Consider taking Human Geography on the Wilmington campus


All of us are curious about Geography Take a look outside your window right now. What do you see? Houses and commercial buildings –   streets and highways-  gardens and lawns.  What do these tell us?

It tells us something interesting and profound about who we are as a culture. If you walk, or drive on a road, or on a plane to another region or country, what do you see? That view outside your window will change, sometimes subtly, sometimes drastically.

Our geographical imaginations will push us to look and think and begin to make sense of what is going on in these different places, why it is structured the way it is, what it means, and how we have changed it and continue to change it.  This is Human Geography.

GEOG102-710 Course Description

Human Geography is the study of people and places. It focuses on how people make places, how we organize space and society, how we interact with each other in places, and how we make sense of others and ourselves in our localities, regions, and the world.

What can students learn?

In this course students will learn skills in map interpretation, expand their mental map and enhance their world view, learn the interconnectedness and interdependence of the modern world (culturally, politically and economically), and what the implications are on real world problem solving.

Geog102 is a 3-credit introductory level course that fulfills the multicultural requirement.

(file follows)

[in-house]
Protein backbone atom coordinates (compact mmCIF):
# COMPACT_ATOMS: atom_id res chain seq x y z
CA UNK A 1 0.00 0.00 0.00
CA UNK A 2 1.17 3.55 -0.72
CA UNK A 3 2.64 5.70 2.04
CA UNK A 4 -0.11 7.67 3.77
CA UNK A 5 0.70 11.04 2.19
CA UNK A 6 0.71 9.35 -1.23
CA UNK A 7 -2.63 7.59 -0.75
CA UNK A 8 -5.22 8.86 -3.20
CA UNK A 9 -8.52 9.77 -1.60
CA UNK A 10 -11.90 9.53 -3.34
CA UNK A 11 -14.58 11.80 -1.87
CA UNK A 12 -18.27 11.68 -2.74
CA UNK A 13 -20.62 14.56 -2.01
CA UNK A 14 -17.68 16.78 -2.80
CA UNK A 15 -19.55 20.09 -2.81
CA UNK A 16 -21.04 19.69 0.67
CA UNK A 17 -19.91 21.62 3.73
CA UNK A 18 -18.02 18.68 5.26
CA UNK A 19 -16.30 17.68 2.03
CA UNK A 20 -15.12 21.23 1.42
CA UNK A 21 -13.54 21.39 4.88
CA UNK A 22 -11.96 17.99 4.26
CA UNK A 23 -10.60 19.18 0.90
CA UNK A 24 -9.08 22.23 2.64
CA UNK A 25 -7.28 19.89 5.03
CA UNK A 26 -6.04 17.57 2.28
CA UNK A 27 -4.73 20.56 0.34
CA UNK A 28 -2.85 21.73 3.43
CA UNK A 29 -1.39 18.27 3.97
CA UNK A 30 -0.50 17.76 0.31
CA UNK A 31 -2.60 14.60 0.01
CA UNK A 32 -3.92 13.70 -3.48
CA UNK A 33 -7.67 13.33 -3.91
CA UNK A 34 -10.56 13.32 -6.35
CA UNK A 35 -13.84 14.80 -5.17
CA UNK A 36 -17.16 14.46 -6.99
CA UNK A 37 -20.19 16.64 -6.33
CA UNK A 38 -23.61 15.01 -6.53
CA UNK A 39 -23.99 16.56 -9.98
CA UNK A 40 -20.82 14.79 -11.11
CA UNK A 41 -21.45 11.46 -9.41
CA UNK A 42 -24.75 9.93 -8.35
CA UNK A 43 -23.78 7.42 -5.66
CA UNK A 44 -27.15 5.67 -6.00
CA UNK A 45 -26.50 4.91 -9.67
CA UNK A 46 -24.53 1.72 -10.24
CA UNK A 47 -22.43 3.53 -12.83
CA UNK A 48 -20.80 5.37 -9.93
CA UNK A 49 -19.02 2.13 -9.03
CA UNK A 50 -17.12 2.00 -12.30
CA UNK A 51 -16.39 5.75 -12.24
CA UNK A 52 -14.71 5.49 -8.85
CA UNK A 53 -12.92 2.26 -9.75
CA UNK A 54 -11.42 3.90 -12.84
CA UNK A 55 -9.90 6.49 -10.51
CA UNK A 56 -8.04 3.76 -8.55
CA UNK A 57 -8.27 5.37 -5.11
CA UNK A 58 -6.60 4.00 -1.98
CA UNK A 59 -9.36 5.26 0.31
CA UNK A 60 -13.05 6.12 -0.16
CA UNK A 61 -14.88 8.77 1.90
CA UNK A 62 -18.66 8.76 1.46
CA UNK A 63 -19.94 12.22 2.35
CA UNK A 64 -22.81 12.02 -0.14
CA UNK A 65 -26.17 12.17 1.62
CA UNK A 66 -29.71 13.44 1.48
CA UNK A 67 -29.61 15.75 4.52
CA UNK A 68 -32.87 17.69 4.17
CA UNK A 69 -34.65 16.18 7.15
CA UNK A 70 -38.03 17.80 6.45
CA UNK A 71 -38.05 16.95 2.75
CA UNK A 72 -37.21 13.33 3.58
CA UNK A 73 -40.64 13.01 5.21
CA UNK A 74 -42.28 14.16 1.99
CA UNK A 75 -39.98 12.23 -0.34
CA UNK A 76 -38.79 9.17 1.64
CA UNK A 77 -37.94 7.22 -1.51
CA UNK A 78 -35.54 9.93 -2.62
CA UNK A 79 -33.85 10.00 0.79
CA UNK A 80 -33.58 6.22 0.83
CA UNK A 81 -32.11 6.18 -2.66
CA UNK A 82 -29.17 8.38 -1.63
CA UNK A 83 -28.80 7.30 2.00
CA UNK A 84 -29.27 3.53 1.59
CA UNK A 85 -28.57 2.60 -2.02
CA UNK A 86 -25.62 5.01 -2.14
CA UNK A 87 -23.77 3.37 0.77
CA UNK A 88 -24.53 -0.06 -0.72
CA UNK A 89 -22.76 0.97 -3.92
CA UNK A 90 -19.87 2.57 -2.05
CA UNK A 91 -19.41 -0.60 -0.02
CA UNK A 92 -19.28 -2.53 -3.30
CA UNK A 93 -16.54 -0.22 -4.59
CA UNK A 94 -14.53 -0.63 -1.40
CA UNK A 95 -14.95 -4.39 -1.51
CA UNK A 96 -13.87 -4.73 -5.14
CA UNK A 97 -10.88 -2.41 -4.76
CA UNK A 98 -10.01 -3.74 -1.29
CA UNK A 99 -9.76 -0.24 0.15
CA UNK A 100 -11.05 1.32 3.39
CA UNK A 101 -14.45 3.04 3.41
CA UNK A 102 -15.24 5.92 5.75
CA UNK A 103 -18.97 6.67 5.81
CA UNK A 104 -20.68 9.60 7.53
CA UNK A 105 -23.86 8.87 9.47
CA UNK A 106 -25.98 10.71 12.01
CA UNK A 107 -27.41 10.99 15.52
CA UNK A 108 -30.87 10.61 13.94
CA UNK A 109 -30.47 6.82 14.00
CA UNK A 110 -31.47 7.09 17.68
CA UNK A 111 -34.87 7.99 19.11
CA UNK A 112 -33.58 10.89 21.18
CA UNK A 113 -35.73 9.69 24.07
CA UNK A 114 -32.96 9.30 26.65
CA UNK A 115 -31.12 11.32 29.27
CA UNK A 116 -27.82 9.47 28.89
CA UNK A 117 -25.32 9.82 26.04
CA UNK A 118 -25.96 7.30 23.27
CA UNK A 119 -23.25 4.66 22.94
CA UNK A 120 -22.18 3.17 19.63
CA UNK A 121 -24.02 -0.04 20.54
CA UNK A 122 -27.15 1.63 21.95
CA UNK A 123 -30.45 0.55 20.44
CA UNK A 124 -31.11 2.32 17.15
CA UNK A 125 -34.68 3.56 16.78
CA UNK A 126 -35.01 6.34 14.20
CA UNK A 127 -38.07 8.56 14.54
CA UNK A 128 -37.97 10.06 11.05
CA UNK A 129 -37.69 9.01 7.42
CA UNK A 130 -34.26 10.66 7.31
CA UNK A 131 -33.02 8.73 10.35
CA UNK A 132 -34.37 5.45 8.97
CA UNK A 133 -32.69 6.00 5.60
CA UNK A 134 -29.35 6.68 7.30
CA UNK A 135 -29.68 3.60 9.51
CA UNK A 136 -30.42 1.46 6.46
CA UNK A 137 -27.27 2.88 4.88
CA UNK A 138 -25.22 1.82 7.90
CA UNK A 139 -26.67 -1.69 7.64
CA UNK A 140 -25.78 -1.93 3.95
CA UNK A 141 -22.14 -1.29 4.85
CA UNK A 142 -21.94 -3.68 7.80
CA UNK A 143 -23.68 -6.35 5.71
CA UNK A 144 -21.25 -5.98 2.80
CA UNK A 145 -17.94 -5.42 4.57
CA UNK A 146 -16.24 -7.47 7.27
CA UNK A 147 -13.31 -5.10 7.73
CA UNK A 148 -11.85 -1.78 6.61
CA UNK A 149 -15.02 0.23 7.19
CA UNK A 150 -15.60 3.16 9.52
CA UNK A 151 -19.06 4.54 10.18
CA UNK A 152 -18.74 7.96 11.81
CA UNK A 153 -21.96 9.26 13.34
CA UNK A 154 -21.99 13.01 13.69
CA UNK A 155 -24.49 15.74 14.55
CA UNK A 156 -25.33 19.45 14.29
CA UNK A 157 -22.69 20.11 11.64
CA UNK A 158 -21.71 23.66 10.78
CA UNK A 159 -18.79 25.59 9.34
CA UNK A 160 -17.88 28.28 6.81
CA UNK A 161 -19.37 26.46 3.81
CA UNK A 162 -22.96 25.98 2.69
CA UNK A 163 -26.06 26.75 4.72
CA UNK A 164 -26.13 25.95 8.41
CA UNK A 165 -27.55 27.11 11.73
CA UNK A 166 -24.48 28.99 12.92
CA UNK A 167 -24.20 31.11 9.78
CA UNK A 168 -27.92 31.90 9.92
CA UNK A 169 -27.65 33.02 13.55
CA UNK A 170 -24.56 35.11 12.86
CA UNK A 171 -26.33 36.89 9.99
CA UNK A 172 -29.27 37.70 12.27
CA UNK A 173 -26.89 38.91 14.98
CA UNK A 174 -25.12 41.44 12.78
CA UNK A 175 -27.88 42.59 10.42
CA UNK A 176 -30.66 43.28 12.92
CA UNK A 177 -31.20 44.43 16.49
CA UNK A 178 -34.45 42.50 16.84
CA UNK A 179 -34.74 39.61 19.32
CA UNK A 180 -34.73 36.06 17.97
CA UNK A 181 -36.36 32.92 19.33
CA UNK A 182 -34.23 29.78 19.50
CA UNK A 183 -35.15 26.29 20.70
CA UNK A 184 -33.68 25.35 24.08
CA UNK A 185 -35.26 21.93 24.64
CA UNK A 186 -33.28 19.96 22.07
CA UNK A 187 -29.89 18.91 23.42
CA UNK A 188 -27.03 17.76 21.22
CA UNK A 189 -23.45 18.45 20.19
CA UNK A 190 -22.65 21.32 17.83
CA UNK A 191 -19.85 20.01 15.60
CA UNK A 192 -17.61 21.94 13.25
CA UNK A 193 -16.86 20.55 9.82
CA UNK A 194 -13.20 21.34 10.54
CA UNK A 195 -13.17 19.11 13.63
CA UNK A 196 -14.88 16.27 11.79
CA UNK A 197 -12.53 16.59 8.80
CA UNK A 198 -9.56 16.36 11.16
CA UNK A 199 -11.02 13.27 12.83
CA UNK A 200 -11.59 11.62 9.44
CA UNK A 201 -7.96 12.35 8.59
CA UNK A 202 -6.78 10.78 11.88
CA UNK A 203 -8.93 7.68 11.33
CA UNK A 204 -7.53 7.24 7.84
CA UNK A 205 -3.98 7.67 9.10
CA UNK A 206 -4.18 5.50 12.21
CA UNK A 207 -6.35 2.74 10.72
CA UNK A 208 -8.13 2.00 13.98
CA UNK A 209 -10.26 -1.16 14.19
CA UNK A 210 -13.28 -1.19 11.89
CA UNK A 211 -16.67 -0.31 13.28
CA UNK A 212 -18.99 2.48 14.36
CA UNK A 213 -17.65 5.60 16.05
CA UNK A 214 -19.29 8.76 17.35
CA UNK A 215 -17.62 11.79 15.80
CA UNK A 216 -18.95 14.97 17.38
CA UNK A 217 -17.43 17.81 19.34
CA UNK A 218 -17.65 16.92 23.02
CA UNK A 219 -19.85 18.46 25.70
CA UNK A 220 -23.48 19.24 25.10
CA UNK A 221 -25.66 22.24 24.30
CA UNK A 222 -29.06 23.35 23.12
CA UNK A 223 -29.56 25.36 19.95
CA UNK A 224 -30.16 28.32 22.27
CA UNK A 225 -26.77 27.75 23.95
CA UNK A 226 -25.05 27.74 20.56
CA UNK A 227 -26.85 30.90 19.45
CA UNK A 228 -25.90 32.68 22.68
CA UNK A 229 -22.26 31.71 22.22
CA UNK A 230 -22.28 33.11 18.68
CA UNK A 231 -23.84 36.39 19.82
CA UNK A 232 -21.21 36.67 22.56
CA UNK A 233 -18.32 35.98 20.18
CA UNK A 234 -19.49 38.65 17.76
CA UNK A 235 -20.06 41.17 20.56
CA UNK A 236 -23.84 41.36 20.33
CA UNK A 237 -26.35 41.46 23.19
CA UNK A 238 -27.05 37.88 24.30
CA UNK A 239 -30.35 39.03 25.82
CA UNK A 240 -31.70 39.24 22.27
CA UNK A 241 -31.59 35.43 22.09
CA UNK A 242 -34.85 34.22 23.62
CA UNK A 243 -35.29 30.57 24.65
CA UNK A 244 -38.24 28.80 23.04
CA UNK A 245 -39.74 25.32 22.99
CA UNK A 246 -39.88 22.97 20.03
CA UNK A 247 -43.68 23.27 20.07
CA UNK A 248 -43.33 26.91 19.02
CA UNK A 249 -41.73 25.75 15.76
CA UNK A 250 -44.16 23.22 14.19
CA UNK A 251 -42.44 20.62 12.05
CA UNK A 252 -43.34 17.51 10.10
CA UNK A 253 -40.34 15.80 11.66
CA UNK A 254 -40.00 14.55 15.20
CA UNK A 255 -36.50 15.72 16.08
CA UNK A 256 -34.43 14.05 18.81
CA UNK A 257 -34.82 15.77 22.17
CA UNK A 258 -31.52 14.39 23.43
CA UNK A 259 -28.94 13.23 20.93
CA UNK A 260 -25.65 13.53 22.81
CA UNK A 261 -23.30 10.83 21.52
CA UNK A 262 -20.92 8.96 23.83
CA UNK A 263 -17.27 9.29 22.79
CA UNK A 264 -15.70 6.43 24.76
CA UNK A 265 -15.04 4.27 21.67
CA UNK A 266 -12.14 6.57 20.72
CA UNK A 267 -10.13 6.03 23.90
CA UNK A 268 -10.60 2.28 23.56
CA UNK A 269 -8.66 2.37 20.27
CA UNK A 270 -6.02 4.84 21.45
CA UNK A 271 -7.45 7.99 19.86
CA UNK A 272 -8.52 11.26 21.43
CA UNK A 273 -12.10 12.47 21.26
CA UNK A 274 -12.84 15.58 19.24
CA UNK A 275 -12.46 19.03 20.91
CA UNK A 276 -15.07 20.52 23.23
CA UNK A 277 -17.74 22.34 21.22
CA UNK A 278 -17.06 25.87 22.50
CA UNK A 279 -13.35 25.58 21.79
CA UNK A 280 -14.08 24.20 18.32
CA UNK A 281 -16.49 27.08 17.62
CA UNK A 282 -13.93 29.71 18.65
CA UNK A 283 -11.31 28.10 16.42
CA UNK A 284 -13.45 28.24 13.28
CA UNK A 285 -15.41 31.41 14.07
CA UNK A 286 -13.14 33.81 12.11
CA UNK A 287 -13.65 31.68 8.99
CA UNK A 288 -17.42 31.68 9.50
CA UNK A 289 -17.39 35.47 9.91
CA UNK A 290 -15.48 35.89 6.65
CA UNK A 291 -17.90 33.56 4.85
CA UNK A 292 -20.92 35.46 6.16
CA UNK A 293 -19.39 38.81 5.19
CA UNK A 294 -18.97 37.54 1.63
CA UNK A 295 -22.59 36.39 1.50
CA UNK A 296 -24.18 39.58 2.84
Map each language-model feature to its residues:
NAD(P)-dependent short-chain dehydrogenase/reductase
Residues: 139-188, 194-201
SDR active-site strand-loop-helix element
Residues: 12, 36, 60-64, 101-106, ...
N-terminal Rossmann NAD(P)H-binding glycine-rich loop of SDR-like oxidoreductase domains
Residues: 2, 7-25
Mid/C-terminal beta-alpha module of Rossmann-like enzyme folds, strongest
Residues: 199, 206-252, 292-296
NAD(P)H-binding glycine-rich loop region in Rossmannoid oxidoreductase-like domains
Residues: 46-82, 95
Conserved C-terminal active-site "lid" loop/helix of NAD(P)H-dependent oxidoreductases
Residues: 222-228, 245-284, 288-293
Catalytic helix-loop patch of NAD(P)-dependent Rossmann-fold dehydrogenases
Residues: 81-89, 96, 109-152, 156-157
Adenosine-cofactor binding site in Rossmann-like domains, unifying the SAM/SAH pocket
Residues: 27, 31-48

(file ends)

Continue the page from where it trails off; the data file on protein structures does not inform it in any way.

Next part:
Lusiana Browning holds a bachelor’s and master’s degree in Geography from the University of Delaware. Trained as a geographer, Ms. Browning has over 10 years of experience teaching students from diverse communities at the University of Delaware Wilmington campus and the English Language Institute AT Program. She is a native of the Fiji Islands.  She has also conducted a number of  successful studies abroad programs at the University of Delaware.

Ms. Browning believes students should be encouraged to enroll in a geography course. She treats the subject matter as interconnected, emphasizing that everything students are learning fits together into a holistic understanding of the world, from which they can develop their personal world view.

Ms. Browning believes student outcomes are enhanced when students are taught how to conduct research, think critically and geographically, and demonstrate problem solving.

Her class structure includes in-class discussion where students are taught to refute and defend arguments. Ms. Browning believes that effort and attitude are important values in rewards of accomplishment